– Instead of being carpenter built wooden wagons, today’s diners are stainless steel, chromium plated, air conditioned, fully insulated, fluorescent lighted, deluxe eating establishments with as many accessories as a 1953 automobile. They are constructed on assembly lines with power tools, largely from prefabricated parts.
The man who changed the wooden lunch wagon into a streamlined steel car was a New Yorker named Jerry O’Mahony. He ran a diner a 7th Ave and 34th Street in 1913. Did well, too. Made $1,380 that year. But customers asked where he got his wooden diner. So he had his carpenter build some, and sold them for $300 each ($6461 in 2009). Then he kept on building diners.
Today Jerry O’Mahony, Inc. of Elizabeth, N.J. is the biggest of about a dozen companies making diners. Others include Silk City Diner, Inc., and Paramount Diner Corp. at Paterson, N.J. and Kullman Dining Car Co. at Harrison N.J. New Jersey is the state that makes the diner.
Prices Have Gone Up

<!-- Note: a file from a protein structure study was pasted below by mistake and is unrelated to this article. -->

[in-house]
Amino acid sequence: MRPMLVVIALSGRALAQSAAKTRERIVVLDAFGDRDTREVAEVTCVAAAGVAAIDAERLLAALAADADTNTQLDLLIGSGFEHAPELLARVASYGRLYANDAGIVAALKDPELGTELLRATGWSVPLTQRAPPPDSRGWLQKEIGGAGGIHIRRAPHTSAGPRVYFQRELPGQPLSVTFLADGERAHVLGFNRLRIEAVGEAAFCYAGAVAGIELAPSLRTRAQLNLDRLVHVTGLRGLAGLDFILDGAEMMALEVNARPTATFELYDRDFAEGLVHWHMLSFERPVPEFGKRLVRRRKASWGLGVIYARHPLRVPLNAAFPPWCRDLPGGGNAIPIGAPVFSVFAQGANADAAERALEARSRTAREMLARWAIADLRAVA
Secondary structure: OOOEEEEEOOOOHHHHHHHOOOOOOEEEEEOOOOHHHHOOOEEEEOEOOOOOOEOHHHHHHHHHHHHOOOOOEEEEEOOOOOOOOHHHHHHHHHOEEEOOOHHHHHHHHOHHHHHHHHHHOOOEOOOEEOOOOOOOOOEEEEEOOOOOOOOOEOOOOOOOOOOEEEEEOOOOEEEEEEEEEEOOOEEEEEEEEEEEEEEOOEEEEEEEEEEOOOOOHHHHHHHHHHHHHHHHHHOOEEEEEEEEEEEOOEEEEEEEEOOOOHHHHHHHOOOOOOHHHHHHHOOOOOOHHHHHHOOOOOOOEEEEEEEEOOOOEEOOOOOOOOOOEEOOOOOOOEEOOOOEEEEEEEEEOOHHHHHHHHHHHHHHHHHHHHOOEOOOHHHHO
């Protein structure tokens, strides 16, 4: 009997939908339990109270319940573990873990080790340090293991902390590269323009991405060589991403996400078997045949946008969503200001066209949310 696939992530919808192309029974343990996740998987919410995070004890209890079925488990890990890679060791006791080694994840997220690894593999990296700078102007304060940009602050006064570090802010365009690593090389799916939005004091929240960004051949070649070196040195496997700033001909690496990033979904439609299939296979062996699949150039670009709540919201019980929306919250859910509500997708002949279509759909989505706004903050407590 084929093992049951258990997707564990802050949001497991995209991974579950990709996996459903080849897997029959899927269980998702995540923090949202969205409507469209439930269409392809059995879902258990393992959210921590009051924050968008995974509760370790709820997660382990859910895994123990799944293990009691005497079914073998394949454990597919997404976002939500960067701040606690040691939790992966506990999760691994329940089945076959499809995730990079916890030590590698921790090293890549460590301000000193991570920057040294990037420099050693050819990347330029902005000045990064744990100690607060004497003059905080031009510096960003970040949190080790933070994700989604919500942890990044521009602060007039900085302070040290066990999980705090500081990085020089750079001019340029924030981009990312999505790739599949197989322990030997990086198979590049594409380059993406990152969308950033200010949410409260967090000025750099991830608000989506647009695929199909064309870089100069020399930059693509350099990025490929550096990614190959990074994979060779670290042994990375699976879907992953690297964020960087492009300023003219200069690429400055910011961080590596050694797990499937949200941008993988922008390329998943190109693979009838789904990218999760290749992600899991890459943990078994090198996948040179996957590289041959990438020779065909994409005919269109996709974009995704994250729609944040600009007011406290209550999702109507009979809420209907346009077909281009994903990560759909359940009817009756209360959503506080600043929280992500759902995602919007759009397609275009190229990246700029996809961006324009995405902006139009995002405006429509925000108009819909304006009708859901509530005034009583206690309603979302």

O’Mahony’s prices have gone up. “Our diners,” the company boasts, “are the most expensive you can buy.” Selling prices start at $36,000 (34 seats) and go up to $110,000 (those 137 seaters)
An O’Mahony diner is delivered to its owner complete: with sinks, stoves, refrigerators, walk in freezers (a diner buys a side of beef at once), plumbing, air conditioning, heating, automatic dish washers, steam tables, phone booths, counters, stools, pots, pans, waitresses uniforms, china, napkins, silverware, toothpicks, rest rooms, fudge pumps, food warmers, and juke box outlets offering a choice of up to 100 records.
O’Mahony will include television sets if you insist, but doesn’t like to. TV keeps the customers staying longer than that 20 minutes without increasing the money they spend.
Some O’Mahony diners come with a private mahogany office for the owner, complete with built in shower.